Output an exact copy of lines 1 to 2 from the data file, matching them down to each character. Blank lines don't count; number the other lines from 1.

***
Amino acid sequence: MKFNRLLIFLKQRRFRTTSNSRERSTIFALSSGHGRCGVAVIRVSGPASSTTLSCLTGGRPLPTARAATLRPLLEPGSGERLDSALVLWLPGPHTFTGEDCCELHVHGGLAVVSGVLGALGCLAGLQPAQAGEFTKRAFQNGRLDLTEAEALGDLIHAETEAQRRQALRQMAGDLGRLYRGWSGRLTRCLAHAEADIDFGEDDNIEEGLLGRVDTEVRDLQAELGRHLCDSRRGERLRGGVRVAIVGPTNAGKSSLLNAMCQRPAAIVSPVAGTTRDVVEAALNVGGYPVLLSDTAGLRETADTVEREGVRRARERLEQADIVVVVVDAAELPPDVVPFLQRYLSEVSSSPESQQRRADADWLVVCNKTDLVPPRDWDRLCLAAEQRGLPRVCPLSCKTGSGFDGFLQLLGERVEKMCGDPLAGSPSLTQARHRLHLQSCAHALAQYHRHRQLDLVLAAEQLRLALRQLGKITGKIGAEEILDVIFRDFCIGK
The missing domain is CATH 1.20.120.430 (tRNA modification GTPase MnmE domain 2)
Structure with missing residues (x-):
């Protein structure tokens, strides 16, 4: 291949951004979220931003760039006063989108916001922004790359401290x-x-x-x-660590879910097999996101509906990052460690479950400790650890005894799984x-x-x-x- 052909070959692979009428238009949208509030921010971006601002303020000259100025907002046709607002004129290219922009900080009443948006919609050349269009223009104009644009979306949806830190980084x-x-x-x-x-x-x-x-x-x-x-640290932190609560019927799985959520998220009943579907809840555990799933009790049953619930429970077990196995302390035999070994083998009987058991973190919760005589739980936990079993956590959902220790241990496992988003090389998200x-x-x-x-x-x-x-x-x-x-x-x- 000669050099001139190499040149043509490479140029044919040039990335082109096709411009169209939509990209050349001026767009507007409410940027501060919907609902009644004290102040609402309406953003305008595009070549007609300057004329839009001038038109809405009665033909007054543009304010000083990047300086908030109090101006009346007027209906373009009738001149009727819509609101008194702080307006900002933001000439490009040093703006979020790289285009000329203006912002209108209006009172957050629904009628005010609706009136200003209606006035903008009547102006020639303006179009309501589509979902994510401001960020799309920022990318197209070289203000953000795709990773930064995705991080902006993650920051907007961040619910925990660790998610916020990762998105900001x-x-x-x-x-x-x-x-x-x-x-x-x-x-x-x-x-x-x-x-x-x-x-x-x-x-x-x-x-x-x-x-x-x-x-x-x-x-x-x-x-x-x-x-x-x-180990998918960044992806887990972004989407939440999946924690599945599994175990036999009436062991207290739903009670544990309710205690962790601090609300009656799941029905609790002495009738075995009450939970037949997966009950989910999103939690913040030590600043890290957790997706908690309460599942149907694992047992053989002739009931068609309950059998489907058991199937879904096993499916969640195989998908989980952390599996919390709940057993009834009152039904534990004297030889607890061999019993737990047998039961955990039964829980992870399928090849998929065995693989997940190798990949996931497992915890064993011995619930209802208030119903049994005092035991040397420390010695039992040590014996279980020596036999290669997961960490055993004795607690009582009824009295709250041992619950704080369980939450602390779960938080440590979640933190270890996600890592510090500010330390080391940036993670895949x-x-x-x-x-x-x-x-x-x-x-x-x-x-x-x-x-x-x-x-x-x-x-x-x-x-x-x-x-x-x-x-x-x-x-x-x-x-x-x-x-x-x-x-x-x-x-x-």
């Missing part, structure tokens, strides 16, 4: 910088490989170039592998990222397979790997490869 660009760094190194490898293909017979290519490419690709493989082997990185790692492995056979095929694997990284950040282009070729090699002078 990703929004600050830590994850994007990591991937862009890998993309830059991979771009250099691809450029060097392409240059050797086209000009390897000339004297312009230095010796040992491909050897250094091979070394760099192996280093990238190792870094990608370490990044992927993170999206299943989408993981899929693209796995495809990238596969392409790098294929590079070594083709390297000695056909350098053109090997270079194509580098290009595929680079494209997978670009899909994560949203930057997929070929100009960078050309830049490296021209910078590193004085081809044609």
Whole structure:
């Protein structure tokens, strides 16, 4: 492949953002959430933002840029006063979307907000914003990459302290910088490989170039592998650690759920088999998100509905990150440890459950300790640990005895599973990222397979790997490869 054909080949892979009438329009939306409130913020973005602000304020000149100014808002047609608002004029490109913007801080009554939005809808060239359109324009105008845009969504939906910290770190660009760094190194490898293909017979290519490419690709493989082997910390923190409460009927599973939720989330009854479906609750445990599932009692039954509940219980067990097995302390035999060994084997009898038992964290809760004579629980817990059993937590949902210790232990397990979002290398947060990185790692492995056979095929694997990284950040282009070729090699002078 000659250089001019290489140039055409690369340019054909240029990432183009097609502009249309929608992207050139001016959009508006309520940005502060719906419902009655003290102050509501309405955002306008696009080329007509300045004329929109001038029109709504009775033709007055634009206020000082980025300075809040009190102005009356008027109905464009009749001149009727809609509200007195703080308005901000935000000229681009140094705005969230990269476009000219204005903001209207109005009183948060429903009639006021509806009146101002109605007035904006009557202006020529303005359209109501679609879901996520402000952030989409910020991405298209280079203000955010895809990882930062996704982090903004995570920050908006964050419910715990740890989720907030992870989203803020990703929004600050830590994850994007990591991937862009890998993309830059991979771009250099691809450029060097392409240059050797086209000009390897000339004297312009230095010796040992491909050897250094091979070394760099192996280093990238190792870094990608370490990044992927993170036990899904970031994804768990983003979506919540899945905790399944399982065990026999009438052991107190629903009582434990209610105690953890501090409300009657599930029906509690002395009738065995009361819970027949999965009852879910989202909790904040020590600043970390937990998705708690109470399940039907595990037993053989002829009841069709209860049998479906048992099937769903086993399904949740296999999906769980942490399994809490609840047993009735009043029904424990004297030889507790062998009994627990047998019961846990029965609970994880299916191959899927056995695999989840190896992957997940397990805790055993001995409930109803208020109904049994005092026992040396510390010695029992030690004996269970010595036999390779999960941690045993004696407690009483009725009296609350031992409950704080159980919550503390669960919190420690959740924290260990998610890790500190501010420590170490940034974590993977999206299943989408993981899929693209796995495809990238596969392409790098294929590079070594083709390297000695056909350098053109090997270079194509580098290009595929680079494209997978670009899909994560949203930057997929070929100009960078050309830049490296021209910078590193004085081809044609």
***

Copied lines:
Amino acid sequence: MKFNRLLIFLKQRRFRTTSNSRERSTIFALSSGHGRCGVAVIRVSGPASSTTLSCLTGGRPLPTARAATLRPLLEPGSGERLDSALVLWLPGPHTFTGEDCCELHVHGGLAVVSGVLGALGCLAGLQPAQAGEFTKRAFQNGRLDLTEAEALGDLIHAETEAQRRQALRQMAGDLGRLYRGWSGRLTRCLAHAEADIDFGEDDNIEEGLLGRVDTEVRDLQAELGRHLCDSRRGERLRGGVRVAIVGPTNAGKSSLLNAMCQRPAAIVSPVAGTTRDVVEAALNVGGYPVLLSDTAGLRETADTVEREGVRRARERLEQADIVVVVVDAAELPPDVVPFLQRYLSEVSSSPESQQRRADADWLVVCNKTDLVPPRDWDRLCLAAEQRGLPRVCPLSCKTGSGFDGFLQLLGERVEKMCGDPLAGSPSLTQARHRLHLQSCAHALAQYHRHRQLDLVLAAEQLRLALRQLGKITGKIGAEEILDVIFRDFCIGK
The missing domain is CATH 1.20.120.430 (tRNA modification GTPase MnmE domain 2)